Optimization of transition metal nanoparticle- phosphonium IL composite catalytic systems for deep hydrogenation and hydrodeoxygenation reactions
Scott, Robert WJ
PublisherRoyal Society of Chemistry
Peer Reviewed StatusPeer Reviewed
MetadataShow full item record
A variety of metal nanoparticle (NP)/tetraalkylphosphonium ionic liquid (IL) composite systems were evaluated as potential catalysts for the deep hydrogenation of aromatic molecules. Particles were synthesized by reducing appropriate metal salts by LiBH4 in a variety of ILs. Gold NPs were used as probes to investigate the effect of both chain lengths of the alkyl substituents on the phosphonium cation and the nature of anions, on the stability of NPs dispersed in the ILs. The presence of three medium-to-long alkyl chains (such as hexyl) along with one long alkyl chain (such as tetradecyl) in the IL, coupled with highly coordinating anions (such as halides, or to a smaller extent, bis-triflimides) produced the most stable dispersions. These ILs also showed maximum resistance to heat-induced sintering; for example, TEM studies of Pt NPs heated under hydrogen to 120 °C showed only moderate sintering in trihexyl(tetradecyl)phosphonium chloride and bis(triflimide) ILs. Finally, olefinic hydrogenations, aromatic hydrogenations, and hydrodeoxygenation of phenol were carried out with Ru, Pt, Rh and PtRh NPs using hydrogen at elevated pressures. From preliminary studies, Ru NPs dispersed in trihexyl(tetradecyl)phosphonium chloride emerged as the catalyst system of choice. The presence of borate Lewis-acid by-products in the reaction medium (from the borohydride reduction step) allowed for partial phenol hydrodeoxygenation.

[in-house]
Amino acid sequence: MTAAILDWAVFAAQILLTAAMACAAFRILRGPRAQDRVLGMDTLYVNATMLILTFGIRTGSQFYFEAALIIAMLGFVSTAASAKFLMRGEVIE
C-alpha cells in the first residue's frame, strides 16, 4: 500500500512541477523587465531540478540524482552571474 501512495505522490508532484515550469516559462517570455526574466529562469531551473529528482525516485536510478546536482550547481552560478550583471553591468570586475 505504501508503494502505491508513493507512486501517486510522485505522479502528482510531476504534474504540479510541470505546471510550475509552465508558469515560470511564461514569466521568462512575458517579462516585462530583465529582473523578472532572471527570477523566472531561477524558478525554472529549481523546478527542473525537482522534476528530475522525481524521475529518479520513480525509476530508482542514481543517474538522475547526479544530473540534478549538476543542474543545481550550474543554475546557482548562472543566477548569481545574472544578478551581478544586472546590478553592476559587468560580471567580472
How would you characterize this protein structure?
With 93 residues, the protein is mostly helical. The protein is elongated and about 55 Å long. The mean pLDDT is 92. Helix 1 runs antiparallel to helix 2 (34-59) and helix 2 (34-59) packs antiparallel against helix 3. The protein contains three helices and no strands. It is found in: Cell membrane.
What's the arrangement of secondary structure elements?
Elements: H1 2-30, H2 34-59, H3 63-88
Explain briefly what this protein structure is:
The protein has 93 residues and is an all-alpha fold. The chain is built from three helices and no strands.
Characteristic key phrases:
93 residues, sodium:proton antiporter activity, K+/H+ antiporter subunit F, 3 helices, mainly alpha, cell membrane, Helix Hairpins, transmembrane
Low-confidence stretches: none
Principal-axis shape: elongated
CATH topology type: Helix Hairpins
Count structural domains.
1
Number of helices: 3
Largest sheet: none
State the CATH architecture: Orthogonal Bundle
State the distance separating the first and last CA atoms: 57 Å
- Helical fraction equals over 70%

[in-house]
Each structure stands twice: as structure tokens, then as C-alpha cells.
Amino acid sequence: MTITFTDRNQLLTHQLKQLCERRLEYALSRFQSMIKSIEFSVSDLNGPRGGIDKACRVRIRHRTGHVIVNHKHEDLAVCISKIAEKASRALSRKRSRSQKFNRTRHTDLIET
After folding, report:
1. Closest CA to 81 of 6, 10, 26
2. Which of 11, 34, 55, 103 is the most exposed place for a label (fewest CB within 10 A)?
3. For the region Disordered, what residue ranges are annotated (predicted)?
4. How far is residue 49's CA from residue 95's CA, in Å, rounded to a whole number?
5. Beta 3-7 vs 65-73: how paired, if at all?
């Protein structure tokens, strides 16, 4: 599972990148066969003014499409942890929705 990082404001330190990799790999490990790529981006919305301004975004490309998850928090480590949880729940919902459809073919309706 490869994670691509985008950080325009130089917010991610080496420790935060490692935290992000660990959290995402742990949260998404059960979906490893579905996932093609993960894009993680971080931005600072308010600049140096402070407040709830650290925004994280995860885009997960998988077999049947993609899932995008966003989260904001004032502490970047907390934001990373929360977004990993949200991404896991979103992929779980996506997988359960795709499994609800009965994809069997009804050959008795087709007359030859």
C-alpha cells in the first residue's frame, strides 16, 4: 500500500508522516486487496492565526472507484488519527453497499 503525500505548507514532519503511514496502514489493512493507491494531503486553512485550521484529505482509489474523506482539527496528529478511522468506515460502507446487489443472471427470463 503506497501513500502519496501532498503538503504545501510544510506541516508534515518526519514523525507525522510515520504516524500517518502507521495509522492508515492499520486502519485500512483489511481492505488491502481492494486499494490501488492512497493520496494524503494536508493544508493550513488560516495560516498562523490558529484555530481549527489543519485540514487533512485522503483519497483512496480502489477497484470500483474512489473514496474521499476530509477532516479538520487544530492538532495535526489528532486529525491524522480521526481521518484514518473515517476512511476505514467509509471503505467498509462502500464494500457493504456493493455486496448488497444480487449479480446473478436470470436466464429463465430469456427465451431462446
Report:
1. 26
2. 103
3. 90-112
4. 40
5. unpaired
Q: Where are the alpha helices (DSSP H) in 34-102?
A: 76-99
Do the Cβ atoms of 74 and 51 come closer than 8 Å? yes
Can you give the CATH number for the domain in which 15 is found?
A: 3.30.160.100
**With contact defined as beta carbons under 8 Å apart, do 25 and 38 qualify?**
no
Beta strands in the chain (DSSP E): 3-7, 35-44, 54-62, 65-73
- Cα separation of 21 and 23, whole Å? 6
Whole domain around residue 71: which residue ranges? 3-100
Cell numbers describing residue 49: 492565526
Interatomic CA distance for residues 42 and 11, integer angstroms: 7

CitationA. Banerjee, R. W. J. Scott, Green Chem., 2015, 17, 1597-1604.
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